A Bioimpedance Spectroscopy-Based Method for Diagnosis of Lower-Limb Lymphedema

Megan L. Steele, PhD,1,2 Monika Janda, PhD,1,3 Dimitrios Vagenas, PhD,1 Leigh C. Ward, PhD,4 Bruce H. Cornish, PhD,1 Robyn Box, PhD,5 Susan Gordon, PhD,6,7 Melanie Matthews, Bphty(Hons),6 Sally D. Poppitt, PhD,8 Lindsay D. Plank, PhD,9 Wilson Yip, MSc,8 Angela Rowan, MNutr,10 Hildegard Reul-Hirche, DipPhty,11 Andreas Obermair, MD,12 and Sandra C. Hayes, PhD1. Lymphatic Research Biology 2019.


Background: This study aimed at testing whether arm-to-leg ratios of extracellular water (ECW) and ECW normalized to intracellular water (ICW), measured by bioimpedance spectroscopy (BIS), can accurately detect bilateral, lower-limb lymphedema, and whether accounting for sex, age, and body mass index (BMI) improves the diagnostic performance of cut-offs.

Methods and Results: We conducted a dual-approach, case–control study consisting of cases of bilateral, lower-limb lymphedema and healthy controls who self-reported absence of lymphedema. The diagnostic performance using normative data-derived cut-offs (i.e., mean+0.5 standard deviation [SD] to mean+3 SD; n=136, 66% controls) and receiver operating characteristic (ROC) curve-derived cut-offs (n=746, 94% controls) was assessed. The impact of sex, age, and BMI was investigated by comparing stratified and nonstratified normative data-derived cut-offs, and ROC curves generated from adjusted and unadjusted logistic regression models. Arm-to-leg ratios of ECW between mean+0.5 SD and mean+1 SD showed fair to good sensitivity (0.73–0.84) and poor to good specificity (0.64 to 0.84). Arm-to-leg ratios of ECW/ICW failed to detect lymphedema (sensitivity <0.5). Stratification by sex, or by sex and age, yielded similar results to nonstratified cut-offs. Cut-offs derived from adjusted ROC curves showed both good sensitivity (0.83–0.89) and specificity (0.8–0.84).

Conclusion: These findings represent new BIS criteria for diagnosing lower-limb lymphedema that do not rely on comparison to baseline measures or the presence of a nonaffected, contralateral limb

Main findings

  • Data from a total of 944 participants (controls=898, cases=46) were assessed in this study.
  • The detection of bilateral lymphedema is complicated by the unavailability of an unaffected comparable limb. This study investigated whether arm-to-leg ratios of ECW or ECW/ICW can be used to detect lymphedema in individuals at risk of bilateral lymphedema. Ratios differed significantly between individuals with and without bilateral lower-limb lymphedema, providing support for the use of arm-to-leg ratios. Diagnostic cut-off values were derived by using two different approaches.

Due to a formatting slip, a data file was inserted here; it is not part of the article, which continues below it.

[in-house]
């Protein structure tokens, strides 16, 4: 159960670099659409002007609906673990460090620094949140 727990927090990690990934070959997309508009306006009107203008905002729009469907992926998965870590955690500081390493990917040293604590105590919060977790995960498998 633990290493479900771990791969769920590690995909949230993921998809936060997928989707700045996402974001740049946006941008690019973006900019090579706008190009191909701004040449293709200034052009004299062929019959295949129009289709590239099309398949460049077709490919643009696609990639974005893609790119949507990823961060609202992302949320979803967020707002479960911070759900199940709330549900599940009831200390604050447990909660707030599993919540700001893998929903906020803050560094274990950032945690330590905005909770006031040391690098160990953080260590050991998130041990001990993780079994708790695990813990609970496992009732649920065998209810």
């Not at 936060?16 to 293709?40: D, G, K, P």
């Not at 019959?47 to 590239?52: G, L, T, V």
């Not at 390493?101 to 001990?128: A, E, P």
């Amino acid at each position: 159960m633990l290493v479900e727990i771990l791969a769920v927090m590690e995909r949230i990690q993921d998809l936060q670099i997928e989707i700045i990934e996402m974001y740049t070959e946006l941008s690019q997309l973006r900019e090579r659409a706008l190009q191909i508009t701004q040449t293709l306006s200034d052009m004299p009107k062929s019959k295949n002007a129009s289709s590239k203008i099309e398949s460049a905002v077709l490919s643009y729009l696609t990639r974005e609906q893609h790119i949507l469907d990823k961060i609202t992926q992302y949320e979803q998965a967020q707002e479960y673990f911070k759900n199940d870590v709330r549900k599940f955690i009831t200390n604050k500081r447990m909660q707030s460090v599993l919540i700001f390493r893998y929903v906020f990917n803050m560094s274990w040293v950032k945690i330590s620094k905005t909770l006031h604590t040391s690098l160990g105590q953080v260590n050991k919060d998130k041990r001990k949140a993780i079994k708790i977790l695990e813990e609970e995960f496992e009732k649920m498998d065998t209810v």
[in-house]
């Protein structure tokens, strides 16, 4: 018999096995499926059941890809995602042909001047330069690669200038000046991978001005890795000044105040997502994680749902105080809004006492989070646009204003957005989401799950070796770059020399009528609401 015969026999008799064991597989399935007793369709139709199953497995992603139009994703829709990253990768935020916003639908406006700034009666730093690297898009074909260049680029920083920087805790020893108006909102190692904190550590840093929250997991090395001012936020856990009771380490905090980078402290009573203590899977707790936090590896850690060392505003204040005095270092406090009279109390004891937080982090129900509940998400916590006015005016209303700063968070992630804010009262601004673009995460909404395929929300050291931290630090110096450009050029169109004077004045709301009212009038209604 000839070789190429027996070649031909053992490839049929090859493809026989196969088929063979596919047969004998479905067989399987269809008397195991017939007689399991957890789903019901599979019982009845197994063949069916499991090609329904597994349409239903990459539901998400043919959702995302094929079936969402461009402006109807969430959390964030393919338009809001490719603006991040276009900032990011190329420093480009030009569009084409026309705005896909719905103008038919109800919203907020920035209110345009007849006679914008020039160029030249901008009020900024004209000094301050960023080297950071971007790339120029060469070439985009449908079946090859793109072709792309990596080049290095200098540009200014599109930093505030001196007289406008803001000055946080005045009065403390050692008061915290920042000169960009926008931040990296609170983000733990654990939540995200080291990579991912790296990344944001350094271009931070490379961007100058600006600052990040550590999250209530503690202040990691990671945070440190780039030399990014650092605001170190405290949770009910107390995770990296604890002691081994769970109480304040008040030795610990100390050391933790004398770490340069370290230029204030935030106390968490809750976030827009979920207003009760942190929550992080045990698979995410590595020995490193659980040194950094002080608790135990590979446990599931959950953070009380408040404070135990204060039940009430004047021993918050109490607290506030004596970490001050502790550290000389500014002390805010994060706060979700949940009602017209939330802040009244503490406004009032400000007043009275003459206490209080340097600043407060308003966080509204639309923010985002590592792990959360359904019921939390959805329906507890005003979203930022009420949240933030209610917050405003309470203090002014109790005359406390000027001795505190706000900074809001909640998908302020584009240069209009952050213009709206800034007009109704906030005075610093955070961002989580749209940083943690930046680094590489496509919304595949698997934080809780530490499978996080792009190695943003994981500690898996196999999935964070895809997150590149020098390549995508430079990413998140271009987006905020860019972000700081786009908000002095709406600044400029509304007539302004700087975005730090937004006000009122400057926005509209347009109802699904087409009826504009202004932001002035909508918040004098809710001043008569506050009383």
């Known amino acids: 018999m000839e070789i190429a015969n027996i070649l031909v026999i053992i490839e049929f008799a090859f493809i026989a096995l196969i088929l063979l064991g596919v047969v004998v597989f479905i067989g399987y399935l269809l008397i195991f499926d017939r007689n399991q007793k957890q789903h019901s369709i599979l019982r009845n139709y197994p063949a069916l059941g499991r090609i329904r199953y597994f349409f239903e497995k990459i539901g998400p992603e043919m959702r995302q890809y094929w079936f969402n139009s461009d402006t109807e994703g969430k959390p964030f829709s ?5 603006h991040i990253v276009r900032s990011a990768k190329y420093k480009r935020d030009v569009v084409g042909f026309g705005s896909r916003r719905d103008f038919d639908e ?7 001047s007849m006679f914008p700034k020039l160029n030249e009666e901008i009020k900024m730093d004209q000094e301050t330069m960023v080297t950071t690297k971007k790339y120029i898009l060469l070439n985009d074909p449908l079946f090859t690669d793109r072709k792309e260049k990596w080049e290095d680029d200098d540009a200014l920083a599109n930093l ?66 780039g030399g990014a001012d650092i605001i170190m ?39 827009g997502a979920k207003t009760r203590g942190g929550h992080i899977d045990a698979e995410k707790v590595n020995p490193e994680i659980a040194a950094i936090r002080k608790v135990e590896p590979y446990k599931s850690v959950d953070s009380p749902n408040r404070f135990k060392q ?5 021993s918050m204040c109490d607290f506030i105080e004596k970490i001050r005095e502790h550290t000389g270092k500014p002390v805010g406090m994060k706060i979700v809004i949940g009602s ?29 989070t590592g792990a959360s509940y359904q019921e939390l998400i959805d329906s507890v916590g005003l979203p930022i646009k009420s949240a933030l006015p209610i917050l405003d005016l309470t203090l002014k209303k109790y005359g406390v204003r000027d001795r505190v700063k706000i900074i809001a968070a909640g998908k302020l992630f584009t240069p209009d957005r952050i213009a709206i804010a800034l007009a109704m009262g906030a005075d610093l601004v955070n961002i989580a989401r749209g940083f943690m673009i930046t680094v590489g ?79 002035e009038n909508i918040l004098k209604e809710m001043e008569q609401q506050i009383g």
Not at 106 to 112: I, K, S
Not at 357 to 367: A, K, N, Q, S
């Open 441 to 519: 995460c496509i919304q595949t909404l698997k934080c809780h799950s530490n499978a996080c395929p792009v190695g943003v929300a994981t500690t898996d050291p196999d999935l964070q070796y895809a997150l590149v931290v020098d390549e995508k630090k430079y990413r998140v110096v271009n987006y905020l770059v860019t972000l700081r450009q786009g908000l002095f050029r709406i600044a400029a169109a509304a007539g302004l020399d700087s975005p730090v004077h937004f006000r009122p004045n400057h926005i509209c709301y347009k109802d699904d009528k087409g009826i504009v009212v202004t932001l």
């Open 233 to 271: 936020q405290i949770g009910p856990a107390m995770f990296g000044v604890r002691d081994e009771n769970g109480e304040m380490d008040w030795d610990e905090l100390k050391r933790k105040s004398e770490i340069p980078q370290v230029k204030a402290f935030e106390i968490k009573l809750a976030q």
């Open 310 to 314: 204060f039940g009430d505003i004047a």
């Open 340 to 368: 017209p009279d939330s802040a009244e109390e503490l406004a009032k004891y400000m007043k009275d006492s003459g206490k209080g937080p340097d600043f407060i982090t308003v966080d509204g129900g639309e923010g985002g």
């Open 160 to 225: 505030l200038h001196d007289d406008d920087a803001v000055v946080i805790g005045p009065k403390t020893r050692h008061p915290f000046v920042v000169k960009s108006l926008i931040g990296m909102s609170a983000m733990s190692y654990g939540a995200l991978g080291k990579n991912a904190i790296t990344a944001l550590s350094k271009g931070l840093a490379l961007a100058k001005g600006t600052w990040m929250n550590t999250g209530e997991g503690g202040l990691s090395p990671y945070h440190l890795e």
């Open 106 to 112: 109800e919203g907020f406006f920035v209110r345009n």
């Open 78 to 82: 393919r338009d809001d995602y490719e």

• The first approach used binary cut-offs derived from normative data using the normal (Gaussian) distribution method. This involved calculation of nonstratified, sex-stratified, and sex- and age-stratified cut-offs ranging from the normative mean+0.5 SD up to +3 SD. Arm-to-leg ratios of R0 performed relatively well at cut-offs between mean+0.5 SD and mean+1 SD, which equates to cut-off values of 1.209 to 1.289 on the dominant side of the body and 1.252 to 1.339 on the nondominant side. Neither stratification by demographic variables nor normalization of ECW to ICW improved the diagnostic performance of arm-to-leg ratios.
  • The second approach for deriving cut-offs involved the construction of ROC curves by using unadjusted and adjusted arm-to-leg ratios and selection of optimal cut-offs based on clinically informed decision making. Comparison of McFadden’s R2 values (as a measure of model fit) and AUCs (as a measure of accuracy)of unadjusted and adjusted logistic regression models suggests that adding sex, age, and BMI to the model significantly improves the diagnostic performance of arm-to-leg ratios. Indeed, unadjusted ratios produced AUCs of 0.79 to 0.86, indicative of fair to good accuracy; whereas adjusted models produced AUCs between 0.89 and 0.93, indicative of good to excellent accuracy.
  • Therefore, the authors propose that the following predictive equations based on regression coefficients from the adjusted logistic regression models, could be used for accurately detecting bilateral, lower-limb lymphedema: Dominant side of the body: predictor=-18.41+5.58(arm R0/leg R0) – 0.45(male=1jfemale=0) + 0.03(age) +0.24(BMI) probability=exp(predictor)/(1+exp(predictor)) probability >0.045=lymphedema
  • Nondominant side of the body: predictor=-18.59+6.11(arm R0/leg R0) – 0.44(male=1jfemale=0) + 0.02(age) +0.24(BMI) probability=exp(predictor)/(1+exp(predictor)) probability >0.042=lymphedema Further, despite having reduced sensitivity and specificity, the following raw arm-to-leg ratios of ECW could be used for detection of lower-limb lymphedema if demographic data were unavailable or as a quick and easy, but less reliable preliminary diagnostic tool. Dominant side of the body: arm R0/leg R0 > 1.217=lymphedema Nondominant side of the body: arm R0/leg R0 > 1.211=lymphedema.
  • Further, findings suggest that unstratified arm-to-leg ratios of ECW are sensitive and specific; whereas the prediction equations based on sex, age, and BMI-adjusted logistic regression models showed excellent sensitivity and specificity, and they are easily translatable to the clinic.